Dull, dingy and dated laminate kitchen and bathroom countertops can be made to look good as new in a day or weekend. Careful preparation, along with the right laminate countertop sealant and application, will ensure that the finished workspace is glossy and flawless.
Before you begin to overhaul laminate, consider how much time and effort you're able to put into the project. Some laminate sealants are easier to apply and take less commitment than others.
Laminate Countertop Sealant
When looking to update or overhaul a countertop, use a resin, acrylic or polyurethane coating that's specifically labeled for use as a laminate countertop sealant. Polyurethane coating or a resin laminate sealer will provide shine and a protective coating.
A small can of acrylic is an affordable sealer for countertops that are in small spaces, such as a powder room or workspace, according to the experts at Bob Vila. For larger projects, an epoxy poured over the surface can create a thick, glossy and durable layer over the laminate.
Prepping the Laminate Surface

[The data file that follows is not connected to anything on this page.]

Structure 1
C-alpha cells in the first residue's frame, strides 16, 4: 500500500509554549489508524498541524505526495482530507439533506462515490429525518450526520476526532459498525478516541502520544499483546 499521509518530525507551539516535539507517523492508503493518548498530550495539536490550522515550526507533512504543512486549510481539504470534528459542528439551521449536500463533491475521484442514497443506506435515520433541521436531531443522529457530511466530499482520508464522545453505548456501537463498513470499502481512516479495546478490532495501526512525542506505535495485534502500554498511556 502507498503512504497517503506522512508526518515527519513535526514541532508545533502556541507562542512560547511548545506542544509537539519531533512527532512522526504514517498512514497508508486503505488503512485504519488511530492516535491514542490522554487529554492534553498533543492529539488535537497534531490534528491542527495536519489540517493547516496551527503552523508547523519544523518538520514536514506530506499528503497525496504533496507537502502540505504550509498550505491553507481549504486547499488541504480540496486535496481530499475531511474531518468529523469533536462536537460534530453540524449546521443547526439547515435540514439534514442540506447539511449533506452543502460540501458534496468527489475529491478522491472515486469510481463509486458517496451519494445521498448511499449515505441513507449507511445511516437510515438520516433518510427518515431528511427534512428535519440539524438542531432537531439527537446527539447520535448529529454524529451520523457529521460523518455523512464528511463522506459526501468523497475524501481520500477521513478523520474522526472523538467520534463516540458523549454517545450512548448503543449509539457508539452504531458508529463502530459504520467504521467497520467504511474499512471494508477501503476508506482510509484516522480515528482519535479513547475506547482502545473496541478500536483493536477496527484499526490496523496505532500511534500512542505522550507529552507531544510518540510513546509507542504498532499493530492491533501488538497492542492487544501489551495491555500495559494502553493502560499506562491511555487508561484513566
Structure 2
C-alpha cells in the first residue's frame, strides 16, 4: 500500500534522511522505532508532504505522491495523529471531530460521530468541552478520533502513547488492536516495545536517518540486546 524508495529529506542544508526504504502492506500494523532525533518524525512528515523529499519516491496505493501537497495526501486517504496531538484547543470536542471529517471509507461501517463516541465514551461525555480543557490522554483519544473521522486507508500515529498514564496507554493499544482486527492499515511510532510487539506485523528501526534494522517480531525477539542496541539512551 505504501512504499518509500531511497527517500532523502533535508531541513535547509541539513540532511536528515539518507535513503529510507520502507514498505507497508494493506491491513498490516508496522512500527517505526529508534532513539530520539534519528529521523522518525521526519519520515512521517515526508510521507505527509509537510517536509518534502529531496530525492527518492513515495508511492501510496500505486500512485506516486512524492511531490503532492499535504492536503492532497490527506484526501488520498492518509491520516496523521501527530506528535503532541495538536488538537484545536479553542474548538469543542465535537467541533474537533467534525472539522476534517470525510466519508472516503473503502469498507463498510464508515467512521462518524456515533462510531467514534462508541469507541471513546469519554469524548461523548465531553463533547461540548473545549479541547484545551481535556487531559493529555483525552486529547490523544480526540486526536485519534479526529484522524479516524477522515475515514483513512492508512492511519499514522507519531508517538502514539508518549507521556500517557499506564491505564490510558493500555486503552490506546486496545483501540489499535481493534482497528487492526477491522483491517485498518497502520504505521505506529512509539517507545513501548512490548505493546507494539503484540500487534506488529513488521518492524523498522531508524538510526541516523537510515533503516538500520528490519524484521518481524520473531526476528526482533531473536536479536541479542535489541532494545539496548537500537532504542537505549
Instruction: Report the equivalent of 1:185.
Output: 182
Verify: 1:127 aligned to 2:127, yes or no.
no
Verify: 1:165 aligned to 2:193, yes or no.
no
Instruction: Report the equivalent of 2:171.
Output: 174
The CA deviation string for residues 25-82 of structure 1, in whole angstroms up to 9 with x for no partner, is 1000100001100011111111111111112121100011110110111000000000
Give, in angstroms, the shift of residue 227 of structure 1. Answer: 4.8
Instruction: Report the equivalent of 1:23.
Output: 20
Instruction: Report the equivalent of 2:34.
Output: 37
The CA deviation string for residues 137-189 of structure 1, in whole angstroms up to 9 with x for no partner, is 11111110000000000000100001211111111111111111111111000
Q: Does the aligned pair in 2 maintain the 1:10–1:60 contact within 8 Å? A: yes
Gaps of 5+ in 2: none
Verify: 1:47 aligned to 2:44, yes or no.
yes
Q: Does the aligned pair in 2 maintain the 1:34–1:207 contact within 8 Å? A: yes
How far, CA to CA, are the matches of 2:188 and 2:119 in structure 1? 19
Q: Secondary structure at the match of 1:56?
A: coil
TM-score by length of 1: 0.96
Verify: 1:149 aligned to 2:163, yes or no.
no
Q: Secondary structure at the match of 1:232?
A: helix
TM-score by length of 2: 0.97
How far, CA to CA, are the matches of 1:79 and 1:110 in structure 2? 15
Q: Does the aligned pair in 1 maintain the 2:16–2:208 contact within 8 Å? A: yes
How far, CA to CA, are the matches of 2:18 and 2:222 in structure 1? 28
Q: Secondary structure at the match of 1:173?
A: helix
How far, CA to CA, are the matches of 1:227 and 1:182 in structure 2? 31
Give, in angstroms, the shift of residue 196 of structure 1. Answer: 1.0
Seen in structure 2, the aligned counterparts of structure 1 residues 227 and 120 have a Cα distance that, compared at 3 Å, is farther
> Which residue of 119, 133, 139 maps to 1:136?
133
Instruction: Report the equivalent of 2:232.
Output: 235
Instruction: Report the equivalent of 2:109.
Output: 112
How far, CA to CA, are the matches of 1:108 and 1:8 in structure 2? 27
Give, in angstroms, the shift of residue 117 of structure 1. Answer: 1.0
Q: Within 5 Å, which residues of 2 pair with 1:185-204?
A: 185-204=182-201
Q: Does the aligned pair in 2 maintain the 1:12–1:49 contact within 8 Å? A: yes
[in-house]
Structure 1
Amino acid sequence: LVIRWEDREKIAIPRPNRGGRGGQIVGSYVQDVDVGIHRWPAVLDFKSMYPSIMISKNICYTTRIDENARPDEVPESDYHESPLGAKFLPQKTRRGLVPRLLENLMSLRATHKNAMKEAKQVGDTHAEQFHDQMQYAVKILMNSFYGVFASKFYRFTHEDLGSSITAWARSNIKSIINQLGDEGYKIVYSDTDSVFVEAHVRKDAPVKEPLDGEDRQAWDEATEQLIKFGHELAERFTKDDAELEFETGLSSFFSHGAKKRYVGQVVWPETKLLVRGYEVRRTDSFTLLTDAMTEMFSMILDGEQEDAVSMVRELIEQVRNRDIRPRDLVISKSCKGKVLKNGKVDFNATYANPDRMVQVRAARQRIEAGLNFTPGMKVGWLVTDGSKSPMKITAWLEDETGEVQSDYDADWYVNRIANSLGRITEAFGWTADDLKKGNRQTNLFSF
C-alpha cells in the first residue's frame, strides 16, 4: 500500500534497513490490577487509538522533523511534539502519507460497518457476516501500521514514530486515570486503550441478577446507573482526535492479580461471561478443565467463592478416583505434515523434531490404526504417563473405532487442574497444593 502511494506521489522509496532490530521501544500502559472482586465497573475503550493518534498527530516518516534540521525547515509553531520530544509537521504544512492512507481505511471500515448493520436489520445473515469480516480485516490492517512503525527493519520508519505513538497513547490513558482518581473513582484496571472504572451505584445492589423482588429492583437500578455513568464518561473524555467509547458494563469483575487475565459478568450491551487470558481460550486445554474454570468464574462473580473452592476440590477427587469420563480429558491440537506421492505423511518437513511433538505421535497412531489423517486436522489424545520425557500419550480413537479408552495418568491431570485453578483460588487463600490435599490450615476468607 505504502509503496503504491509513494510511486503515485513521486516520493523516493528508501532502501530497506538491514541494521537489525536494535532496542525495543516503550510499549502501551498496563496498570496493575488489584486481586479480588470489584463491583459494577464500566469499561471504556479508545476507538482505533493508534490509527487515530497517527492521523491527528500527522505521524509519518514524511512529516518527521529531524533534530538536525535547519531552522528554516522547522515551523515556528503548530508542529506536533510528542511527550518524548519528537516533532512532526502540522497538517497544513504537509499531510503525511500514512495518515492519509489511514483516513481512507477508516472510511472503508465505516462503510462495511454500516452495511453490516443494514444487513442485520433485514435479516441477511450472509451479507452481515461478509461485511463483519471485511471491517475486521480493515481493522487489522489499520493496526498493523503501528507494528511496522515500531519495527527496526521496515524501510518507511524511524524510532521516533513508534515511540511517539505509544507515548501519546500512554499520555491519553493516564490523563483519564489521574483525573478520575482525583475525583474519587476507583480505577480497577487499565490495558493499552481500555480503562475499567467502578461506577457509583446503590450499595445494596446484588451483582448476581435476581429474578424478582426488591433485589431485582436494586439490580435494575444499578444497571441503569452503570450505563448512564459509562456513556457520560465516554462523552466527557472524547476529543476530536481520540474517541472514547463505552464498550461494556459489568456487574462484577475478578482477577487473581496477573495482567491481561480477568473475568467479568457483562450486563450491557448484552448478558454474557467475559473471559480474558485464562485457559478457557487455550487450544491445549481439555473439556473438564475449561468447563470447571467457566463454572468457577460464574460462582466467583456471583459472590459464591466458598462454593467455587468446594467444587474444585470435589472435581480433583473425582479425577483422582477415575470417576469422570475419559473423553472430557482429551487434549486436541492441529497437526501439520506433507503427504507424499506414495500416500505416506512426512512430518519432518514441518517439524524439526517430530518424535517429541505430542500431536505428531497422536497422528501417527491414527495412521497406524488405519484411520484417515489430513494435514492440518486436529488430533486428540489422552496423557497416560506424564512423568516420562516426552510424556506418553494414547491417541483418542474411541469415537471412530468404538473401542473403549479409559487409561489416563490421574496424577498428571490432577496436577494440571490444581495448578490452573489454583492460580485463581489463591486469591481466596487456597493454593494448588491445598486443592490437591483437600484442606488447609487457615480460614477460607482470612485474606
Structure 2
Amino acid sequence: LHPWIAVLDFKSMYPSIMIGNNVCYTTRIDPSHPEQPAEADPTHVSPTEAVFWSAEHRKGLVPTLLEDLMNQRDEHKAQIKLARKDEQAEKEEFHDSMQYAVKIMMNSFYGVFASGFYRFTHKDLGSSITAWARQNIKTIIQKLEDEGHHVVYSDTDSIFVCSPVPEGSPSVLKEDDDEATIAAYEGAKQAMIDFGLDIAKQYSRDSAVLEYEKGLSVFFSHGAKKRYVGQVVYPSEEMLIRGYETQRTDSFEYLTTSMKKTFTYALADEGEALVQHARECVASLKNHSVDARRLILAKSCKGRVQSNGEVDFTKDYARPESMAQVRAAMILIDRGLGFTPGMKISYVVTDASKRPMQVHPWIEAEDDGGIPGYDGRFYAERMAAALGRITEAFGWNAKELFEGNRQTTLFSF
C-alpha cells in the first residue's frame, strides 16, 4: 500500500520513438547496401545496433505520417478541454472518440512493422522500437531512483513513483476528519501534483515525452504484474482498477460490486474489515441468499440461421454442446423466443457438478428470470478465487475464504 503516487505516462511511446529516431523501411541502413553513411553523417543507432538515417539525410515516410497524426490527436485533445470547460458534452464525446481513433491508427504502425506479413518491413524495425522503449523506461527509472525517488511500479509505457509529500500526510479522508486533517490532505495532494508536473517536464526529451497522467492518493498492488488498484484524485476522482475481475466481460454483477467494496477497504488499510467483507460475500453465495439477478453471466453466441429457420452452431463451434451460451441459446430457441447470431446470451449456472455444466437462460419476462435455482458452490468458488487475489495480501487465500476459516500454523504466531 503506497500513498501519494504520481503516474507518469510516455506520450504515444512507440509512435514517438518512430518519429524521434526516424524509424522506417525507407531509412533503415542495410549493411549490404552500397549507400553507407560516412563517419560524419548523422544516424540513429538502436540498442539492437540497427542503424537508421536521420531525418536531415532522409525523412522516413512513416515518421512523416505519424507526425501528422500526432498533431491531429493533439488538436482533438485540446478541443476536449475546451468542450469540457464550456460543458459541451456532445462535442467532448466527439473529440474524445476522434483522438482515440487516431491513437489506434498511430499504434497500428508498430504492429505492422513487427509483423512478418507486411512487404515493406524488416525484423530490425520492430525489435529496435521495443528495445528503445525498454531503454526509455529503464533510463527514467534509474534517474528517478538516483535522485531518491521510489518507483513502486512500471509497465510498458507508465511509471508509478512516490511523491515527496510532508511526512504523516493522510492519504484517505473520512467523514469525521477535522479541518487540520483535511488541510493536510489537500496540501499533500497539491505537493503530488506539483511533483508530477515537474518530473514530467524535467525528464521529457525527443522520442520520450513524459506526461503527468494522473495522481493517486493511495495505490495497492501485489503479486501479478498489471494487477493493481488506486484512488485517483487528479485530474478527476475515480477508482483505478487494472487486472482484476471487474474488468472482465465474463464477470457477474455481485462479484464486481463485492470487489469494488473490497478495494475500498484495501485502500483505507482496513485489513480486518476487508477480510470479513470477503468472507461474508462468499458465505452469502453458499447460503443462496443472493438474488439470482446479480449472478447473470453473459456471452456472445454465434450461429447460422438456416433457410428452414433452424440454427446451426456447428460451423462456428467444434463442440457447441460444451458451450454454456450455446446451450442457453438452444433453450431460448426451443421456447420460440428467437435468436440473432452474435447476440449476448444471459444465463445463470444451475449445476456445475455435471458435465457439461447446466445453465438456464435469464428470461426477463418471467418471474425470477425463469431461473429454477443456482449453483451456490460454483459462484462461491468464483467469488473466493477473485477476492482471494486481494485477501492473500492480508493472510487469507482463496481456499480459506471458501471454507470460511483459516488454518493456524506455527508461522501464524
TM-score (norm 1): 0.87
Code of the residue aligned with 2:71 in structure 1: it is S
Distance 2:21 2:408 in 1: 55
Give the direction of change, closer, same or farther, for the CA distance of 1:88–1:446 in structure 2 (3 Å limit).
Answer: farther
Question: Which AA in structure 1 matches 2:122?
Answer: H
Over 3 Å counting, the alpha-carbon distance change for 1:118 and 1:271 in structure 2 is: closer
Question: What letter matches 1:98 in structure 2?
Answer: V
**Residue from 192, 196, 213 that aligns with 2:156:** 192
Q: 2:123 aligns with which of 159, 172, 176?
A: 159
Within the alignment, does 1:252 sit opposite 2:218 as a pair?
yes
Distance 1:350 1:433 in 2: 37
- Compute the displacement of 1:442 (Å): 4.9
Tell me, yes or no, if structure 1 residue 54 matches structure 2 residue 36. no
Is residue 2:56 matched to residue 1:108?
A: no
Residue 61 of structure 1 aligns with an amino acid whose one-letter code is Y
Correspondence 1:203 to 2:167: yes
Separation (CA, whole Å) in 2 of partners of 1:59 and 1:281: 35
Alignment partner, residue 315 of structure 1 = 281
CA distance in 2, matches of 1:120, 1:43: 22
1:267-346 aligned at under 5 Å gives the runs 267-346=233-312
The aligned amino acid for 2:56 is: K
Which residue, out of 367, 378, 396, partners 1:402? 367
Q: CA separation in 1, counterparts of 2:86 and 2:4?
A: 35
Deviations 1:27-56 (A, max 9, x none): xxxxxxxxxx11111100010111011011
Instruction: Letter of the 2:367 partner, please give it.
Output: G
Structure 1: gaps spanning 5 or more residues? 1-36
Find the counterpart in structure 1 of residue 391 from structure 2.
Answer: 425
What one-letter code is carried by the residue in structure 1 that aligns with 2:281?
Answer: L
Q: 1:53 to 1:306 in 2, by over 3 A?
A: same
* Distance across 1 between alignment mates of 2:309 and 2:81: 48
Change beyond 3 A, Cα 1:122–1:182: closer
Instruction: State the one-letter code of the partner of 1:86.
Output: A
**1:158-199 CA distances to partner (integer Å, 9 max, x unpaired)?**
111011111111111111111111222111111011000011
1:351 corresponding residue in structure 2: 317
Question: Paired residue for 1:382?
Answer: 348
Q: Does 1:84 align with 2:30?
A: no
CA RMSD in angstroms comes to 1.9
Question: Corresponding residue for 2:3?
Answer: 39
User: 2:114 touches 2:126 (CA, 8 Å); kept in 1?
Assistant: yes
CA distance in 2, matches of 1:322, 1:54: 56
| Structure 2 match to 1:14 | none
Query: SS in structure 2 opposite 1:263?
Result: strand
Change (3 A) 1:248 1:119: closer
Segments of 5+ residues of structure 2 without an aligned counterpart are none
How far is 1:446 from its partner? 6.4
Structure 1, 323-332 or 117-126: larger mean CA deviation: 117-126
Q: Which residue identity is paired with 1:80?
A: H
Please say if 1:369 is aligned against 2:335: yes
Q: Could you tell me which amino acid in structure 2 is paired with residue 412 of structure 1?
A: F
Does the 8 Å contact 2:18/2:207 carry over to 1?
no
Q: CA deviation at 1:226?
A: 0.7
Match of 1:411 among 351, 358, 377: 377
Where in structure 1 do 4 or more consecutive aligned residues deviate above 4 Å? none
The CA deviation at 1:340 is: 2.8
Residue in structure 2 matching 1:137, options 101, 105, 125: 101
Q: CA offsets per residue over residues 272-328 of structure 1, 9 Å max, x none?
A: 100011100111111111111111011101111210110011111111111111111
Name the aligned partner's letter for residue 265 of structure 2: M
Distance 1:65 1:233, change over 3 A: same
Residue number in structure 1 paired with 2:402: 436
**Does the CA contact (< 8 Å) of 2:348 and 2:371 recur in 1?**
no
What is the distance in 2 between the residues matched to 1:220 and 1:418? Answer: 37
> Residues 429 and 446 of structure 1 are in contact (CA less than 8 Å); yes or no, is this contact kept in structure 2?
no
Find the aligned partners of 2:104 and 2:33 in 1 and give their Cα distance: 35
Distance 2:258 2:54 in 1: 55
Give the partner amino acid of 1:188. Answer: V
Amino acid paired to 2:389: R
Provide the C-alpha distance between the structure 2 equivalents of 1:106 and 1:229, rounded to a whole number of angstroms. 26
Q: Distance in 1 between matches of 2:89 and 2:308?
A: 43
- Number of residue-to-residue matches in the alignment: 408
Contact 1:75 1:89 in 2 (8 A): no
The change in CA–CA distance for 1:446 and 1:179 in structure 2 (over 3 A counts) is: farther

No matter what type of sealant you choose to apply to the old laminate, the surface needs to be roughed up to take on the slick coats of shiny sealant. Clean off the counters with a degreaser if they're truly grimy and tape off areas that you don't want to be affected by the sanding and cleaning you'll be doing.
Use an 80-grit piece of sandpaper and remove the sheen from the laminate. Don't be too rough and create uneven areas on the surface. Small circular motions will suffice in removing the last layers of shine from the laminate so the new sealant will adhere well to the countertop surface.
Wash down the laminate with a degreaser or cleaner, such as 1 tablespoon of TSP mixed with 1 gallon of warm water. Rinse well and allow it to dry thoroughly before applying the laminate sealant.
Applying a Sealant to Laminate
An epoxy laminate countertop sealant comes with liquid resin and a hardener. These need to be mixed immediately before applying to the countertop. Work in small batches because this will harden within 20 to 30 minutes of being mixed.
Pour the epoxy onto the countertop and let it flow to the edges, guiding it along with a paint stick or other flat tool, such as a wide putty knife. Gently push the epoxy to the edges until it's completely covered and even across the surface. Countertop Specialty recommends removing stubborn bubbles from the wet epoxy with a hair dryer, which will coax the bubbles to the surface.
When to Call a Professional
If the laminate countertop is truly dull, stained or otherwise in bad shape, you may want to consider hiring a professional. They can prep the surface and repair any chips, remove stains and bring it back to beautiful. This will give your laminate countertops the protection they need to stand up to years of hard use in a busy kitchen.